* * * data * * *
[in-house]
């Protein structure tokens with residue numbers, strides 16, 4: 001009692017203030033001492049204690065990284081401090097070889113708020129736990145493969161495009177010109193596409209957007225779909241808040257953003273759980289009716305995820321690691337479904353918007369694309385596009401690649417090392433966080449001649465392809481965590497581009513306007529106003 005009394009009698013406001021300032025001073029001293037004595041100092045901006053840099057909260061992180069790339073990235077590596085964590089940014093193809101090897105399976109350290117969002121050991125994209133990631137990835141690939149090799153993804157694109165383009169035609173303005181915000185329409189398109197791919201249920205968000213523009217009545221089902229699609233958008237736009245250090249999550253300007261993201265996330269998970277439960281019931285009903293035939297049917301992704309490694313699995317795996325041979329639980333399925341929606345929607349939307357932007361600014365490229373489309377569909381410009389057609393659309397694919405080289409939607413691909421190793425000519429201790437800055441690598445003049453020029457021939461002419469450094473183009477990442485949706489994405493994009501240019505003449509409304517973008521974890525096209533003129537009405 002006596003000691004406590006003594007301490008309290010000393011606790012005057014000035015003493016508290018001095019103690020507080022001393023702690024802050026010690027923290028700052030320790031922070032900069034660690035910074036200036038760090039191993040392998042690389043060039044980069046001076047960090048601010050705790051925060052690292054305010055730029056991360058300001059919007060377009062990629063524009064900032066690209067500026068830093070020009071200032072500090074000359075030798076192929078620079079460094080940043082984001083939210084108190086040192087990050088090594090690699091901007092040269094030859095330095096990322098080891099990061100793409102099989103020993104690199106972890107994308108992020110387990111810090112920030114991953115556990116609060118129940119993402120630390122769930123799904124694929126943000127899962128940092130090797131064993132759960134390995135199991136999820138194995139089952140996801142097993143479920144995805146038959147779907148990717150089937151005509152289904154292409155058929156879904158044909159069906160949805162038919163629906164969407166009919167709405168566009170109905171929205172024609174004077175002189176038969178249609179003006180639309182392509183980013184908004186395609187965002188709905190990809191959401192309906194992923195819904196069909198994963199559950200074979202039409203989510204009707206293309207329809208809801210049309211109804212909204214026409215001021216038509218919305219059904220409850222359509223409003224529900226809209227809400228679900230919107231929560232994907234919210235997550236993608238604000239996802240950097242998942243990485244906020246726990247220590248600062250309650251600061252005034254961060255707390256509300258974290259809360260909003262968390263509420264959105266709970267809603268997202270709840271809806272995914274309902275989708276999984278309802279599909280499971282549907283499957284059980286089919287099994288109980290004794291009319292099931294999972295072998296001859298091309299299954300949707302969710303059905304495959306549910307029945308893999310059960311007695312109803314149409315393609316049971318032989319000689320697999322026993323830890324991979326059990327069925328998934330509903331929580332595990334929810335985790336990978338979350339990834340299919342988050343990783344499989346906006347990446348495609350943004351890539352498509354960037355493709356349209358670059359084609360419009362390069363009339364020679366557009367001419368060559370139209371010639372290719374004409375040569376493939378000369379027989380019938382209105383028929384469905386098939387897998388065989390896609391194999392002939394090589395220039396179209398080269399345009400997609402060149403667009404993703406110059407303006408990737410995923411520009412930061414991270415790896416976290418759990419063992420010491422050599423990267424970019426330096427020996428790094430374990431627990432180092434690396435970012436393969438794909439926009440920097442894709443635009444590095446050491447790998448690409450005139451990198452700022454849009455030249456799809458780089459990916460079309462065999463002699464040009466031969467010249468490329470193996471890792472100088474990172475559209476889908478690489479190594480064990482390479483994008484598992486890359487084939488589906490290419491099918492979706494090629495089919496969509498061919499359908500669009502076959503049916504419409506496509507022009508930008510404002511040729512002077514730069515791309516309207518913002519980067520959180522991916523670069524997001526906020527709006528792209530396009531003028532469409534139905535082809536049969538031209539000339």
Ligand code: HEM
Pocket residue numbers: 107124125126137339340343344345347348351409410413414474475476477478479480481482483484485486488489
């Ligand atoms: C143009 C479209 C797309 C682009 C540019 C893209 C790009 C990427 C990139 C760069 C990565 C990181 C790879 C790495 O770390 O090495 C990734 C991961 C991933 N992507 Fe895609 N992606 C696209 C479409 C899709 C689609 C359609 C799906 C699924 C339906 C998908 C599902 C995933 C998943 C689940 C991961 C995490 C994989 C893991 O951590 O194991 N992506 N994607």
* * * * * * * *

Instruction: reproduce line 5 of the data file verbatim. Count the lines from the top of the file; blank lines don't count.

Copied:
């Ligand atoms: C143009 C479209 C797309 C682009 C540019 C893209 C790009 C990427 C990139 C760069 C990565 C990181 C790879 C790495 O770390 O090495 C990734 C991961 C991933 N992507 Fe895609 N992606 C696209 C479409 C899709 C689609 C359609 C799906 C699924 C339906 C998908 C599902 C995933 C998943 C689940 C991961 C995490 C994989 C893991 O951590 O194991 N992506 N994607």